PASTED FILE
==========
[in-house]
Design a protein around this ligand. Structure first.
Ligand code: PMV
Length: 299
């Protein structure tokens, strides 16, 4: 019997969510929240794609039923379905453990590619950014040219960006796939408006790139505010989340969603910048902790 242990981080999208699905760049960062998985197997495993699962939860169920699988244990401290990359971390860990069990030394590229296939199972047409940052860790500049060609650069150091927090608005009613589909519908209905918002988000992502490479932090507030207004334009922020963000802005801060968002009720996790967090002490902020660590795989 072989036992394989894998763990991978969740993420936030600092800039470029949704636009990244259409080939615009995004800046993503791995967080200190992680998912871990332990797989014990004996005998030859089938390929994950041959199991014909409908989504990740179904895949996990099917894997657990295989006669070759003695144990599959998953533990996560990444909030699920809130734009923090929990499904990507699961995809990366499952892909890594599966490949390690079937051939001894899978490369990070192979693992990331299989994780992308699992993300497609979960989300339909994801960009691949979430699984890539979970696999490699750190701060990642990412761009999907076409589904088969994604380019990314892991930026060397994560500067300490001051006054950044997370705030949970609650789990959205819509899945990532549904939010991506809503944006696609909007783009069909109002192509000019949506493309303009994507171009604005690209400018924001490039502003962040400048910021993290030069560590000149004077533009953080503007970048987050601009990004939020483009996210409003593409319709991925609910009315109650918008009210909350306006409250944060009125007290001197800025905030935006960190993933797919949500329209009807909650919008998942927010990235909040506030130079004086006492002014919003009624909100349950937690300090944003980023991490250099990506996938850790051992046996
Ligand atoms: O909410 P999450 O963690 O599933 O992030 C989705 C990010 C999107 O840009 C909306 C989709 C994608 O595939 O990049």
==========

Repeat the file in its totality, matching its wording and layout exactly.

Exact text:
[in-house]
Design a protein around this ligand. Structure first.
Ligand code: PMV
Length: 299
């Protein structure tokens, strides 16, 4: 019997969510929240794609039923379905453990590619950014040219960006796939408006790139505010989340969603910048902790 242990981080999208699905760049960062998985197997495993699962939860169920699988244990401290990359971390860990069990030394590229296939199972047409940052860790500049060609650069150091927090608005009613589909519908209905918002988000992502490479932090507030207004334009922020963000802005801060968002009720996790967090002490902020660590795989 072989036992394989894998763990991978969740993420936030600092800039470029949704636009990244259409080939615009995004800046993503791995967080200190992680998912871990332990797989014990004996005998030859089938390929994950041959199991014909409908989504990740179904895949996990099917894997657990295989006669070759003695144990599959998953533990996560990444909030699920809130734009923090929990499904990507699961995809990366499952892909890594599966490949390690079937051939001894899978490369990070192979693992990331299989994780992308699992993300497609979960989300339909994801960009691949979430699984890539979970696999490699750190701060990642990412761009999907076409589904088969994604380019990314892991930026060397994560500067300490001051006054950044997370705030949970609650789990959205819509899945990532549904939010991506809503944006696609909007783009069909109002192509000019949506493309303009994507171009604005690209400018924001490039502003962040400048910021993290030069560590000149004077533009953080503007970048987050601009990004939020483009996210409003593409319709991925609910009315109650918008009210909350306006409250944060009125007290001197800025905030935006960190993933797919949500329209009807909650919008998942927010990235909040506030130079004086006492002014919003009624909100349950937690300090944003980023991490250099990506996938850790051992046996
Ligand atoms: O909410 P999450 O963690 O599933 O992030 C989705 C990010 C999107 O840009 C909306 C989709 C994608 O595939 O990049």